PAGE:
<b>commentary</b> Whether 5 million units sold is disappointing or not is irrelevant. The real proof of whether Apple still has its mojo won't come for another few months.
Roger ChengFormer Executive Editor / Head of News
Roger Cheng (he/him/his) was the executive editor in charge of CNET News, managing everything from daily breaking news to in-depth investigative packages. Prior to this, he was on the telecommunications beat and wrote for Dow Jones Newswires and The Wall Street Journal for nearly a decade and got his start writing and laying out pages at a local paper in Southern California. He's a devoted Trojan alum and thinks sleep is the perfect -- if unattainable -- hobby for a parent.
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SABEW Best in Business 2011 Award for Breaking News Coverage, Eddie Award in 2020 for 5G coverage, runner-up National Arts & Entertainment Journalism Award for culture analysis.
commentary Apple supporters triumphantly cheered on the company after it sold 5 million iPhones over the weekend. Wall Street, however, was disappointed by the figure after seeing the long lines on Friday.
The correct reaction probably lies somewhere in the middle. Perhaps a polite golf clap?
"We find it unfortunate that some analysts continue to publish irresponsible estimates without taking into account realistic demand trends and potential supply constraints," said Shaw Wu, an analyst at Sterne Agee.
On the flip side, while 5 million is an impressively high number, and is 1 million better than last year's iPhone 4S launch, it isn't a genuine indicator of the longer-term appeal of the iPhone 5. There was so much pent-up demand that Apple would have sold out of however many phones it had in stock.
The truth behind that first weekend statistic that Apple proudly proclaims is the number isn't really as relevant as you might think. It's a nice figure to boast about, window dressing, and it certainly fuels the hype and illusion that Apple is invincible. But in reality, that's about it.
There are too many factors, including supply issues, the availability of its phones in key markets, and reaction to the competition, to really make a judgment on whether the company's latest phone will suitably carry on the legacy of success that its predecessors enjoyed.
The true test of the phone's longevity in the market won't come until after the key holiday season, when many high-profile smartphones start to see a pullback in sales and the euphoria of the recent iPhone launch hype has long faded away.
Now, any company would kill to sell 5 million units of anything over the weekend, but the iPhone runs at a higher standard. Sales of the iPhone 4 were amazingly resilient, and hung on to the top spot at AT&T for more than a year (it was also helped by its introduction at Verizon Wireless). Conversely, sales of the iPhone 4S had an initial pop, but began to fizzle as the months went on. Yes, it remained a top-selling phone, but its momentum couldn't match the previous iteration.
The iPhone 5 is poised to pick up where the iPhone 4 left off. Despite criticism that it isn't drastically different, the phone addresses the key concerns of iPhone users, namely the larger display and a faster 4G wireless connection. Those two, alongside the thinner and lighter design, may convince consumers that it's worth the upgrade.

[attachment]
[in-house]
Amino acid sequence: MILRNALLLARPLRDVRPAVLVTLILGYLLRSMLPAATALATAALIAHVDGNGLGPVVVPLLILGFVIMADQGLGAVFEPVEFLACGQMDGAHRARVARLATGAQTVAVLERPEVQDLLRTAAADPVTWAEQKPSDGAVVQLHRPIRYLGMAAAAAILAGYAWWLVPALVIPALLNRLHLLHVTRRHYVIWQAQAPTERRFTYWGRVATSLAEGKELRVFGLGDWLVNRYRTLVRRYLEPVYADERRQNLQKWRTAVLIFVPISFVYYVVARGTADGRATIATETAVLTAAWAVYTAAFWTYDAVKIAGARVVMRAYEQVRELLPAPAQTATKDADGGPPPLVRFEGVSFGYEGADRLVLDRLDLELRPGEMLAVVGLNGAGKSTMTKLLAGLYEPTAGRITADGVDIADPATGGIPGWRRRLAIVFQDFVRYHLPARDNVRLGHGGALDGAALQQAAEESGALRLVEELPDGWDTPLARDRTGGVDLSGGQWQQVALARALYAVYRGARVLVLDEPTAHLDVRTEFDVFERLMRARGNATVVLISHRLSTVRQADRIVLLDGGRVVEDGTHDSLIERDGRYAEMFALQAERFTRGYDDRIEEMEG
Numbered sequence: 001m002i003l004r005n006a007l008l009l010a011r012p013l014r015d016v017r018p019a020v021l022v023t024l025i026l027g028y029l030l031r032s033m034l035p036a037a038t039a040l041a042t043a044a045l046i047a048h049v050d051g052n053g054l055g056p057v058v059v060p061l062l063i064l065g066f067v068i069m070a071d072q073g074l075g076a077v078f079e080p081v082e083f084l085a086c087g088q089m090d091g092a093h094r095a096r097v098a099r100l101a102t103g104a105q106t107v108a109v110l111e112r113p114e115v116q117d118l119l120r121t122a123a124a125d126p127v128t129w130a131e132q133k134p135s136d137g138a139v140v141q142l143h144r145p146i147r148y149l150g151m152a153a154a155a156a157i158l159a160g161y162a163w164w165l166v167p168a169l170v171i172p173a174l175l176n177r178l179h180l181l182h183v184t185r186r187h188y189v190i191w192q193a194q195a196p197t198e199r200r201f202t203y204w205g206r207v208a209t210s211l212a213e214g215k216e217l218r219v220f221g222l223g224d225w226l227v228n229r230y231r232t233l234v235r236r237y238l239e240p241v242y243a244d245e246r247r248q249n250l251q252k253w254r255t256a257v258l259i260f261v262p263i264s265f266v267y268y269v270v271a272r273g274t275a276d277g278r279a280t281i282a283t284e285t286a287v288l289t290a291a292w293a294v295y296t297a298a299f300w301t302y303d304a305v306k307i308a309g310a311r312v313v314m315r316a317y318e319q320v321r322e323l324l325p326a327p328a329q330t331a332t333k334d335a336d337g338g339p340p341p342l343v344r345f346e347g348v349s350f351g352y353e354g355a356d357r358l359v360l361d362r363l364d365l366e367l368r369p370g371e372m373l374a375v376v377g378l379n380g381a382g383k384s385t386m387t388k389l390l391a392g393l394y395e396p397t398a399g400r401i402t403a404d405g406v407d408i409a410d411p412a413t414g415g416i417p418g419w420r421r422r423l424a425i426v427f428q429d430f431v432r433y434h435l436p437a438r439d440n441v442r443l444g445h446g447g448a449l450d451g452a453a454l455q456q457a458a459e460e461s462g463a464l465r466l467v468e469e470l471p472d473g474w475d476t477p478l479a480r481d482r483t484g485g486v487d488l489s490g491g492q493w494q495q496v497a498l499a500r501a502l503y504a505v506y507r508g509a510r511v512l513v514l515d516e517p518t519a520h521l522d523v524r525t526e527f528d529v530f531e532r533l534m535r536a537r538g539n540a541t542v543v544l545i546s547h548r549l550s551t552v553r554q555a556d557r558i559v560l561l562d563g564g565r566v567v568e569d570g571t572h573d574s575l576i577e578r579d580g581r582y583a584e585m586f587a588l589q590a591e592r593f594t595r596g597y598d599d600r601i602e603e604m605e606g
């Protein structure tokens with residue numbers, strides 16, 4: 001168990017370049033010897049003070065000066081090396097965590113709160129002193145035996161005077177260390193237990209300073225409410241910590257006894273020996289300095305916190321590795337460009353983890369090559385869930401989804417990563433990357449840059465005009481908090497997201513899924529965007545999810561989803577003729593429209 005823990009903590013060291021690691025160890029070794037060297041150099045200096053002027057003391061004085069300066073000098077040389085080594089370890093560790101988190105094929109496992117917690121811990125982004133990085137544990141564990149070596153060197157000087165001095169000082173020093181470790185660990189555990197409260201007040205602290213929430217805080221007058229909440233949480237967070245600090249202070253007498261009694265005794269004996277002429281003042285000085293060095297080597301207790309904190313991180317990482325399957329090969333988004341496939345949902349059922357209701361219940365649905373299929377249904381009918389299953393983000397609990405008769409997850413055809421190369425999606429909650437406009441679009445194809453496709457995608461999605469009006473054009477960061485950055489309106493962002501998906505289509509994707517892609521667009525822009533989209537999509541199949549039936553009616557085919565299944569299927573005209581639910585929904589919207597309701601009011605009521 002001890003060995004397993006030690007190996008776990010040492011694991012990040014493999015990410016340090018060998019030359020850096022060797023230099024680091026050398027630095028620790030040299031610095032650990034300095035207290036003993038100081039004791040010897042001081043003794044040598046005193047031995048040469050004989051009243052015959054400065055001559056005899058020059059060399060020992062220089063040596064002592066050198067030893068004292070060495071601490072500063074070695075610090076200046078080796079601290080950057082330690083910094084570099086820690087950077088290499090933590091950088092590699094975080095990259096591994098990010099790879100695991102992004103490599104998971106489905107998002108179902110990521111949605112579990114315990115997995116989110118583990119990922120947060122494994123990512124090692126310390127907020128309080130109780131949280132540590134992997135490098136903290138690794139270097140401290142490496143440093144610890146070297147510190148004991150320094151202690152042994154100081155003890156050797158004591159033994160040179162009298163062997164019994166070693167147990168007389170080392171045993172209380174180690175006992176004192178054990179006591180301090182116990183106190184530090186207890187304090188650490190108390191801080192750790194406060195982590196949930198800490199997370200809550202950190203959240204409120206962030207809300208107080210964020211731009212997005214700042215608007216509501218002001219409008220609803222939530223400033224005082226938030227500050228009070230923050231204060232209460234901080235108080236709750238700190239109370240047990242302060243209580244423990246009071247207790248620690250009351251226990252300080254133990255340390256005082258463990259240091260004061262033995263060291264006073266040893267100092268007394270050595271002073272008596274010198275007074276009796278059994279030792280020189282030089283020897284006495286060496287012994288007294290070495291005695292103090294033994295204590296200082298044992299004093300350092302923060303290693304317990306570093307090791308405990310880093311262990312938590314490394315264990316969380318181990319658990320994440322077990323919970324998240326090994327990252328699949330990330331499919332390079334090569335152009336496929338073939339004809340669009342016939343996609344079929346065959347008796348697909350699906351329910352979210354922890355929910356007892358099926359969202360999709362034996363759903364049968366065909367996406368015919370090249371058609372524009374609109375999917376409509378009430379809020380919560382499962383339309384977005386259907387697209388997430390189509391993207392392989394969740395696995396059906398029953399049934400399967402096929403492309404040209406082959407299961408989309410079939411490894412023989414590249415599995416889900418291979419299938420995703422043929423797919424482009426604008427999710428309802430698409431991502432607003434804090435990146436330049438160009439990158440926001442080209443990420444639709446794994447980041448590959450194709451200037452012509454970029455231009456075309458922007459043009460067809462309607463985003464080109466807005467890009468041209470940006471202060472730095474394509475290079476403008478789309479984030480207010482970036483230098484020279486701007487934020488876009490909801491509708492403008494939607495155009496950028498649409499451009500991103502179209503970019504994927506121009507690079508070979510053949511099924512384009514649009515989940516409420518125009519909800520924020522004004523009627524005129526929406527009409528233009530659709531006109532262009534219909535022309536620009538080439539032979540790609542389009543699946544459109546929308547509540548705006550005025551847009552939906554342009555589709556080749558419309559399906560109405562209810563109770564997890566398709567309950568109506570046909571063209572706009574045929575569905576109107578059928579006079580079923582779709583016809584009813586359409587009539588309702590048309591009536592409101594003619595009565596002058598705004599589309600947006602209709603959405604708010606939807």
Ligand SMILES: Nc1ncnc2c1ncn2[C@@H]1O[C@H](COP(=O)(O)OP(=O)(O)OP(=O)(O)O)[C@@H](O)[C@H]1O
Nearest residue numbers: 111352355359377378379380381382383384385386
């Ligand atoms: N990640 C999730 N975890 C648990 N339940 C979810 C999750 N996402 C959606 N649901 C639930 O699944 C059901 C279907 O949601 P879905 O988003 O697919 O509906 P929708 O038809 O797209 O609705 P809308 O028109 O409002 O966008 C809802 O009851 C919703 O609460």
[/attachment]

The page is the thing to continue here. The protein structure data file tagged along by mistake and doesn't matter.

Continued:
Despite the initial disappointment, Wall Street remains as bullish as ever. J.P. Morgan yesterday said it estimates Apple will sell 50 million iPhones in the fourth quarter. For the quarter ending on Saturday, the firm estimates 25 million units will be sold.
Sterne Agee's Wu said the noise over the launch and the following disappointment didn't change his estimate. He still believes the company will sell 27 million this month and 46.5 million in the quarter ending December 31.
While the stock may have sold off yesterday, there remains a lot of optimism around Apple.
There are some hurdles for Apple to reach those lofty expectations. For one, the company's decision to use a new, thinner display is causing some supply shortages, according to reports. The various suppliers are having trouble producing the volume of screens needed to meet the high demand.
The supply issue is one of the reasons analysts blamed for the big discrepancy between their estimates and Apple's actual sales figure.
Another unknown is whether Apple will be able to expand the availability. In China, hundreds of millions are waiting for the iPhone to show up at China Mobile. Getting the iPhone to China Mobile is important because it's the world's largest wireless carrier with more than 650 million subscribers, or more than twice the combined customer base of Verizon, AT&T, Sprint Nextel, and T-Mobile.
Beyond internal issues, Apple and its new iPhone 5 face unprecedented competition. Its biggest rival, Samsung, has already launched a campaign mocking the iPhone lines that even some fans have admitted contains genuine insight into the silliness of the whole affair. For once, its rivals can already boast of those key features in many of their smartphones.
The holiday season is poised to get even more crowded with a slew of Windows Phone backed by a massive push from Microsoft, vendors such as Nokia and HTC, and carriers such as Verizon Wireless and AT&T. For the carriers in particular, the iPhone is no longer the phone to have, since it's available virtually everywhere. There is also a lot of incentive to promote other phones, since they require a lower subsidy and consequently weigh less on their profits.
Apple's iPhone 5 will be successful; there is little doubt of that. But how much of a success remains to be seen, and one weekend's worth of data isn't nearly enough to make a call yet.